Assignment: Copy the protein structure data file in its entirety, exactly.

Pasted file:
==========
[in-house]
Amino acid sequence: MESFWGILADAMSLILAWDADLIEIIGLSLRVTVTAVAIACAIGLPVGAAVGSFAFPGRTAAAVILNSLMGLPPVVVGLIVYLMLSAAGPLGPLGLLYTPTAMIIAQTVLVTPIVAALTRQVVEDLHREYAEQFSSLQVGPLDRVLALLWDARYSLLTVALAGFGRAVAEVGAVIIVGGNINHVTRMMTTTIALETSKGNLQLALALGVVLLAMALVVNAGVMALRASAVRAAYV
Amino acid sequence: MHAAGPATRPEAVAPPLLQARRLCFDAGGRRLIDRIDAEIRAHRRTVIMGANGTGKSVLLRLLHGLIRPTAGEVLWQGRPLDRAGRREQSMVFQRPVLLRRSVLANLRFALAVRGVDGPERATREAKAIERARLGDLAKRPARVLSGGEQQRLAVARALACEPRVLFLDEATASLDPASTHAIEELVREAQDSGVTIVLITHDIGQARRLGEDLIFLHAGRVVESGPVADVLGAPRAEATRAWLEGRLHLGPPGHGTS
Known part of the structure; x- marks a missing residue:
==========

[in-house]
Amino acid sequence: MESFWGILADAMSLILAWDADLIEIIGLSLRVTVTAVAIACAIGLPVGAAVGSFAFPGRTAAAVILNSLMGLPPVVVGLIVYLMLSAAGPLGPLGLLYTPTAMIIAQTVLVTPIVAALTRQVVEDLHREYAEQFSSLQVGPLDRVLALLWDARYSLLTVALAGFGRAVAEVGAVIIVGGNINHVTRMMTTTIALETSKGNLQLALALGVVLLAMALVVNAGVMALRASAVRAAYV
Amino acid sequence: MHAAGPATRPEAVAPPLLQARRLCFDAGGRRLIDRIDAEIRAHRRTVIMGANGTGKSVLLRLLHGLIRPTAGEVLWQGRPLDRAGRREQSMVFQRPVLLRRSVLANLRFALAVRGVDGPERATREAKAIERARLGDLAKRPARVLSGGEQQRLAVARALACEPRVLFLDEATASLDPASTHAIEELVREAQDSGVTIVLITHDIGQARRLGEDLIFLHAGRVVESGPVADVLGAPRAEATRAWLEGRLHLGPPGHGTS
Known part of the structure; x- marks a missing residue: